D-Aspartic Acid: Testosterone-Boosting Benefits Plus Scary Side Effects

a couple of months ago
If you are considering using testosterone boosters, you need to watch out for these possible side effects.

Should you use D-Aspartic Acid? This testosterone booster is wildly popular, but you must weigh the benefits against the risks. Discover how to make the right choice.


What Can DAA Do For You?

Bodybuilders are always looking for ways to build more muscle. Muscle growth means becoming stronger, leaner and healthier and bodybuilders know it. That’s why they are always searching for the best supplements on the market to help them accomplish their goal of building more muscle.

D-Aspartic Acid is a supplement that is being discussed widely in bodybuilding circles because it’s showing promising results. There is also some concern that this supplement may do more harm than good.

This article will clear up the controversy surrounding D-Aspartic Acid by examining the benefits and side effects of this supplement.

D-Aspartic Acid (also known as DAA) is a non-essential amino acid that is naturally produced by the body through the consumption of foods like poultry, beef, cheese, and oats. There is some evidence that suggests supplementation with D-Aspartic Acid can boost testosterone, help you build muscle and help you maintain muscle.

D-Aspartic Acid can help you boost testosterone to build muscle faster.

Other evidence also states that the supplement can cause adverse side effects such as elevated liver and kidney levels, elevated cholesterol, acne, mood swings and headaches( stomach disorders).

Benefits – Boosts Testosterone

D-Aspartic Acid has proven to be effective in elevating testosterone levels among men suffering from low testosterone.

The Journal of Reproductive Biology and Endocrinology published a study that examined the effects of D-Aspartic Acid supplementation on men who had testosterone levels at 10% or lower. These men were given 3.12 grams of D-Aspartic Acid on a daily basis for 12 days.

At the end of the study, the testosterone levels of these men were tested and participants increased their t-levels by as much as 40%. Upon cessation of the supplement, the testosterone levels of participants fell back down to 10% with some participants experiencing an even greater decline.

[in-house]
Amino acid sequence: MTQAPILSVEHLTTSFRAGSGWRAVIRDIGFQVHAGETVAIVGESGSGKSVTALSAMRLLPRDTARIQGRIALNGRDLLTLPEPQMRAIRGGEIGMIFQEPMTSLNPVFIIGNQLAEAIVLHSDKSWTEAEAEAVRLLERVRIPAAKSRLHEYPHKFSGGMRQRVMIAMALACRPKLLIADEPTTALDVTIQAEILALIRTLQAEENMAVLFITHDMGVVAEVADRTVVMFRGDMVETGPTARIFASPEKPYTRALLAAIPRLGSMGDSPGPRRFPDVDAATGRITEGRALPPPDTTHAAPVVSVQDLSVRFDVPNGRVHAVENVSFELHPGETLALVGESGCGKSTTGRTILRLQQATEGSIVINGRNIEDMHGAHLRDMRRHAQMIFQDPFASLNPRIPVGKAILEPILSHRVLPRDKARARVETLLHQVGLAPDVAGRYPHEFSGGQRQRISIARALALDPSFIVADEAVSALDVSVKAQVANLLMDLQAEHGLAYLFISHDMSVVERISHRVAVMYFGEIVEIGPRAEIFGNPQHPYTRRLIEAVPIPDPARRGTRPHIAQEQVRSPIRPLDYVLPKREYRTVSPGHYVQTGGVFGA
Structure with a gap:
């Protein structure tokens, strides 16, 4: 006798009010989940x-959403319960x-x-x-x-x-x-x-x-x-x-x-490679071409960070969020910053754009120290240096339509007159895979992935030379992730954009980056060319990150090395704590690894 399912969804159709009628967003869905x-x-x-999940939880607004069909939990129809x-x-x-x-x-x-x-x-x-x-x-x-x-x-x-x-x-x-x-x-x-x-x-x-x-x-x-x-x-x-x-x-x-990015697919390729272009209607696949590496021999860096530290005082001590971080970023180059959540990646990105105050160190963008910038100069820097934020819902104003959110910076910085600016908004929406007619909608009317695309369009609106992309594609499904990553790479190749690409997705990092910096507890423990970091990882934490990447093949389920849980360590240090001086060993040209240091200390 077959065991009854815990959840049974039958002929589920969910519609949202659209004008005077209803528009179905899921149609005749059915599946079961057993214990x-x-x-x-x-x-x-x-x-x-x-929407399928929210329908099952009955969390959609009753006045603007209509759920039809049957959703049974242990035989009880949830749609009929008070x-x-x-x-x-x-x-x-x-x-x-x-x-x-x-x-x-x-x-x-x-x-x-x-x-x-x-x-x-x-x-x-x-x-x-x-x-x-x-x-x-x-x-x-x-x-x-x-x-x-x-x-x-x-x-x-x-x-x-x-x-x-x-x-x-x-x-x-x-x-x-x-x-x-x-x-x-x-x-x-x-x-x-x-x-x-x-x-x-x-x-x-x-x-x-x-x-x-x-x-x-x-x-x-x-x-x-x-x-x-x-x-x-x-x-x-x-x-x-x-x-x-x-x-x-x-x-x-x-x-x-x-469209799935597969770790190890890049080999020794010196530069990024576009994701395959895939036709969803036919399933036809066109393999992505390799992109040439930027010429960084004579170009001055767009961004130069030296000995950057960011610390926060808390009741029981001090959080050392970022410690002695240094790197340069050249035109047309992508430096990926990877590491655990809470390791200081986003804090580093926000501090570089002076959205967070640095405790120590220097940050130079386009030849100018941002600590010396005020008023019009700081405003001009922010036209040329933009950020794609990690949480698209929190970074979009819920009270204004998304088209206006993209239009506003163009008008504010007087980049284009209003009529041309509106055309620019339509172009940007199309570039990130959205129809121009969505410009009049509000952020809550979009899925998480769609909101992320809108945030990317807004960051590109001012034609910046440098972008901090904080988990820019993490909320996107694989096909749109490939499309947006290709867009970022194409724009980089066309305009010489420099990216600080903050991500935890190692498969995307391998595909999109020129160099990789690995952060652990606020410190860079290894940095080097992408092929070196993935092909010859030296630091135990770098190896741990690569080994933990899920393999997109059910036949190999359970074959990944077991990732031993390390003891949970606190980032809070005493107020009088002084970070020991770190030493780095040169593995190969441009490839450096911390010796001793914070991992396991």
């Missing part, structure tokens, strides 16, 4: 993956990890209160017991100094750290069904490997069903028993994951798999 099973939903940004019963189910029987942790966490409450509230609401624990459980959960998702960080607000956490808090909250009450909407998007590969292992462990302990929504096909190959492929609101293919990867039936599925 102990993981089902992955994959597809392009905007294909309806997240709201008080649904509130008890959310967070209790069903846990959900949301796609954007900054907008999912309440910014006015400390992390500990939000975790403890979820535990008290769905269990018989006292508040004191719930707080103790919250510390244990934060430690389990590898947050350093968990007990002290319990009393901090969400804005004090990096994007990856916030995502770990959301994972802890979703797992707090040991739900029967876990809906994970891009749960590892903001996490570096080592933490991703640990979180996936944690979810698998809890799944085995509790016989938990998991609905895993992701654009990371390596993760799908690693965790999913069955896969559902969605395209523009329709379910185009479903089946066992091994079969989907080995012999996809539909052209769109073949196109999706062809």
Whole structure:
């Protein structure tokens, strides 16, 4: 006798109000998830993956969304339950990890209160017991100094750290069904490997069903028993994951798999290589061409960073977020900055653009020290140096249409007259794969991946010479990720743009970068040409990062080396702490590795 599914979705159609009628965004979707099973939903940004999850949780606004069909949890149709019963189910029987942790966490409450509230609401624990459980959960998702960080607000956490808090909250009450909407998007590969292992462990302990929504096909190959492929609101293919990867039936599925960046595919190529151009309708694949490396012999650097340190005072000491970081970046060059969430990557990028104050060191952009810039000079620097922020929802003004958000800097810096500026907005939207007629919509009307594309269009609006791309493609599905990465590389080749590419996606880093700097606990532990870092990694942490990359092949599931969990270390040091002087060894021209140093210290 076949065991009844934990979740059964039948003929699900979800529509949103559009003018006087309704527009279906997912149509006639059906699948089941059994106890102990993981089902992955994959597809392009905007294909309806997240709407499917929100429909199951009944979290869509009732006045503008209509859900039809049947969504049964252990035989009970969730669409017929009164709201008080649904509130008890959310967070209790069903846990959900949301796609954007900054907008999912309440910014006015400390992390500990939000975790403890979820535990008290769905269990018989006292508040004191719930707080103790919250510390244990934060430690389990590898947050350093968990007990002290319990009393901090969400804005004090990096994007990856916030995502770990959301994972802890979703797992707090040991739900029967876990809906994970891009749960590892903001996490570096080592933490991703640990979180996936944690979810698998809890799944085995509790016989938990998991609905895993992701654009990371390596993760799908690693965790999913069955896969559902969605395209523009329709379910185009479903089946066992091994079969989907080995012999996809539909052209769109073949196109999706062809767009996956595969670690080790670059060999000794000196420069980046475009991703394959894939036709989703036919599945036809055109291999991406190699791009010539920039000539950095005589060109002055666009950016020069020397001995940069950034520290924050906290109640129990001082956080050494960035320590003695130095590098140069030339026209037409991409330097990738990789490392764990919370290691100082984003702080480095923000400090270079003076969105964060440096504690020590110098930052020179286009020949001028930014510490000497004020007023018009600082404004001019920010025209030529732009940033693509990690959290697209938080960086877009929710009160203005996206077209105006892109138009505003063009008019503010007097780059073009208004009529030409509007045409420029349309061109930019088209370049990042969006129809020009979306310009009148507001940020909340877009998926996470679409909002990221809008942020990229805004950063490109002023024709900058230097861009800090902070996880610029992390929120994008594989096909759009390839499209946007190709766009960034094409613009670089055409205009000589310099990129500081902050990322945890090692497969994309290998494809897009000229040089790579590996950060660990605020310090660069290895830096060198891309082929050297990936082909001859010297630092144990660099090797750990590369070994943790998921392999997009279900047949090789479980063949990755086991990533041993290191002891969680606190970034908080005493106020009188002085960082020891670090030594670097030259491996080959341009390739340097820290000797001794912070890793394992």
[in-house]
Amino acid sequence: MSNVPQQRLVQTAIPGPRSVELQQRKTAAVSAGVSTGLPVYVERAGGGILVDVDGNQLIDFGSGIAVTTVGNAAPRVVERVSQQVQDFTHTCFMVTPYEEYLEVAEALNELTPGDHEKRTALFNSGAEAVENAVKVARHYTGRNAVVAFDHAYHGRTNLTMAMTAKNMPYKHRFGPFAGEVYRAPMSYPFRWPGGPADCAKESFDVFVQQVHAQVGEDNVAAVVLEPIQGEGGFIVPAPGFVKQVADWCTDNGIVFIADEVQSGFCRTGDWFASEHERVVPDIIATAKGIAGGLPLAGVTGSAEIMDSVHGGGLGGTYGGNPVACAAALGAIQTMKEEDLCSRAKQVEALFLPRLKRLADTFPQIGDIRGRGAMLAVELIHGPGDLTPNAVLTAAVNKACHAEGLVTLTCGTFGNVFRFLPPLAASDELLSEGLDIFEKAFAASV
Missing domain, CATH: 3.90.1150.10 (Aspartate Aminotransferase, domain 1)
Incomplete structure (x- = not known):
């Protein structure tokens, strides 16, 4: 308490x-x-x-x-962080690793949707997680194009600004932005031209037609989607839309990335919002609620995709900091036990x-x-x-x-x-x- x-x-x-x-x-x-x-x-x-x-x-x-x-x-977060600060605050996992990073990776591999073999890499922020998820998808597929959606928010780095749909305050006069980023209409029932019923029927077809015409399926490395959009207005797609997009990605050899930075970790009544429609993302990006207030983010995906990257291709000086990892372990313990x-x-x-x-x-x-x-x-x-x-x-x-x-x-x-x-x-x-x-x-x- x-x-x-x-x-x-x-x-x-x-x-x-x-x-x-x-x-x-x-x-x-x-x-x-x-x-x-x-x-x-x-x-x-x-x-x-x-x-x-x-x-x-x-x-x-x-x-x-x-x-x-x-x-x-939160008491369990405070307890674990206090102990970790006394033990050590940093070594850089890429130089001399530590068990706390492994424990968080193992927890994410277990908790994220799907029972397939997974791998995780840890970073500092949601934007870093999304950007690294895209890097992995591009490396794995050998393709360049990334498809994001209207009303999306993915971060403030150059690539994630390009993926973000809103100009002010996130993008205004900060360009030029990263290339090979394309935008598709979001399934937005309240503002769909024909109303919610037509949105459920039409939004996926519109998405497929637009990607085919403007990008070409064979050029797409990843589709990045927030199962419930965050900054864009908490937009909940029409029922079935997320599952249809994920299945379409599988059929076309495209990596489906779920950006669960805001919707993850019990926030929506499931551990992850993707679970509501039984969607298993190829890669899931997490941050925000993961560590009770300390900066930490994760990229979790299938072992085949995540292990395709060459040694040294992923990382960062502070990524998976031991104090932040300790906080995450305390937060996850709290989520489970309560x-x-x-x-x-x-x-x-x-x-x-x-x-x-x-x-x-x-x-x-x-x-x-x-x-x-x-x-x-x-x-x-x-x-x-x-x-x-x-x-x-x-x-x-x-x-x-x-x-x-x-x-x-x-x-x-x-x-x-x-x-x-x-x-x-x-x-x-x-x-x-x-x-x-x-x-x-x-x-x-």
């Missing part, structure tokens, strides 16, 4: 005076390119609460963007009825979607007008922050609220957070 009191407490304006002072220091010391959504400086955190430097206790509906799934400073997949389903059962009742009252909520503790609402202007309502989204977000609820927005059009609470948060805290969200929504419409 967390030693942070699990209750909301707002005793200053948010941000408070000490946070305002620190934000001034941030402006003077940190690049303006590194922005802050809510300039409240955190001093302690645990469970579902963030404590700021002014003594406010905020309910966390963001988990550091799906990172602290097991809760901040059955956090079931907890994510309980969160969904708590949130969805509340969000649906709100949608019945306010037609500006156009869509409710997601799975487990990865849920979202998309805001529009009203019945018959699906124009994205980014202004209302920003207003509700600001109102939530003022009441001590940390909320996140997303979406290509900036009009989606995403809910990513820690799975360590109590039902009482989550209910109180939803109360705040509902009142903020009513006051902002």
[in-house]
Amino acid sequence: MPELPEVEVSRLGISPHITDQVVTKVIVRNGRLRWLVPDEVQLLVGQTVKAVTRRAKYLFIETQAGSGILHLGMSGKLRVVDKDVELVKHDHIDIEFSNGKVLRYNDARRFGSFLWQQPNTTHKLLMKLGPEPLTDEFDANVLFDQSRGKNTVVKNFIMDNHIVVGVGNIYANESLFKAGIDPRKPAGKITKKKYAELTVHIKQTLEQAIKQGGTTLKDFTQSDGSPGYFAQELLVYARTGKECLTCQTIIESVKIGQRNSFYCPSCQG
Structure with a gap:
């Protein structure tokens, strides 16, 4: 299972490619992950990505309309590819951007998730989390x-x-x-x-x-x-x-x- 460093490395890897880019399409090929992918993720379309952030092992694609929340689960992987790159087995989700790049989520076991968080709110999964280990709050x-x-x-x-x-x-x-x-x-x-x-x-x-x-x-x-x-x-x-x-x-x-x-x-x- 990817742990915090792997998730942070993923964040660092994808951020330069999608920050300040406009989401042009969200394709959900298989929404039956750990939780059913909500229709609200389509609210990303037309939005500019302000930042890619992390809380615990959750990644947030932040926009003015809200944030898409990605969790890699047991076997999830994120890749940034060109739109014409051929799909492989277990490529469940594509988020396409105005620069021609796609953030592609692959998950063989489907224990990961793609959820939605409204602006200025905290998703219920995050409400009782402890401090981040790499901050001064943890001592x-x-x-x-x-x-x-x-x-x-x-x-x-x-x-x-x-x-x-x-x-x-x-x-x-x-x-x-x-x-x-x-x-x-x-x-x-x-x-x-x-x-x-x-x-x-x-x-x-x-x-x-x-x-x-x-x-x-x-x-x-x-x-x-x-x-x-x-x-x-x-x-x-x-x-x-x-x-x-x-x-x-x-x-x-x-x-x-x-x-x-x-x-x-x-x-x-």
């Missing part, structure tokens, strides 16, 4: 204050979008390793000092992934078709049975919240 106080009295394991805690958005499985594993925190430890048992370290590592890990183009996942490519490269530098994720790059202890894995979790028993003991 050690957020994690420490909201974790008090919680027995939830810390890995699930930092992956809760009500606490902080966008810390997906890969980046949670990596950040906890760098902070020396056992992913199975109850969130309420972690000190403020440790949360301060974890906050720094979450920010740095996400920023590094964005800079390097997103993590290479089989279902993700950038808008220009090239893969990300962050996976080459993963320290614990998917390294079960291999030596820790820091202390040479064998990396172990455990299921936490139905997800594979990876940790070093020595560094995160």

One important thing to note is that only participants with low testosterone levels experienced an increase with DAA supplementation. Among men who had natural levels of testosterone, no increase was noted.

Benefits – Builds Muscle and Maintains Muscle

When testosterone levels are increased, so is your capacity to build muscle. Testosterone is an anabolic hormone which helps in the growth of muscle tissue. Testosterone helps build and maintain muscle through protein synthesis.

So, more testosterone means a greater ability to synthesize protein. Protein is the building block of muscle. If you want to build more muscle or maintain the muscle you already have, DAA supplementation can help you do that.

Side Effects – Potential Liver Problems

An increase in testosterone levels is usually something that bodybuilders seek, but there usually are side effects associated with elevating t-levels unnaturally. A study published in October 2013 revealed a negative correlation between DAA supplementation and an increase in enzymes in the liver.

When supplementing with D-Aspartic Acid at the recommended dosage, 2 enzymes that are indicative of good liver health were elevated. These enzymes, alanine and aspartate transaminase, are proteins found in the liver and when they are elevated it indicates that liver damage has occurred.


Side Effects – Potential Kidney Problems

Your kidney is responsible for filtering waste from your blood. It also helps to regulate your blood pressure and regulates acidic levels in the body.

When measuring the health of your kidneys, doctors examine levels of creatine, urea, and uric acid. In one study, a group of participants supplementing their diet with D-Aspartic Acid were tested.

The tests showed higher than normal levels of creatine, urea, and uric acid. These tests indicated that supplementing with DAA may be bad for kidney health.

Side Effects – Cholesterol

In addition to liver and kidney problems, supplementation with D-Aspartic Acid may have undesirable effects on blood cholesterol. Researchers tested the cholesterol levels of participants supplementing with DAA and found that their cholesterol levels were adversely affected.

This negative change was attributed to problems occurring in the kidney and liver. These two organs help to regulate cholesterol.

Side Effects – Miscellaneous

Another set of side effects was noted with DAA supplementation. Among these side effects were headaches and stomach irritation (among those who took dosages greater than directed). Other side effects attributed to hormonal disturbance were acne and mood swings.

D-Aspartic Acid is not a supplement that you should add to your bodybuilding diet. While it may help you boost testosterone, the increase in t-levels are only seen in men suffering from low t-levels.

Men who have normal or high levels of testosterone don’t benefit by taking D-Aspartic Acid. This fact, coupled with the potential of having liver, kidney and cholesterol problems makes D-Aspartic Acid one supplement that's better left on the shelves in the store.

300x250-2
About the author

Joe Bensam

I am an experienced bodybuilder and qualified personal trainer who specializes in strength training, conditioning and building muscle. I can help you become much bigger, stronger and leaner - faster! To discover my simple secret weapon, click here.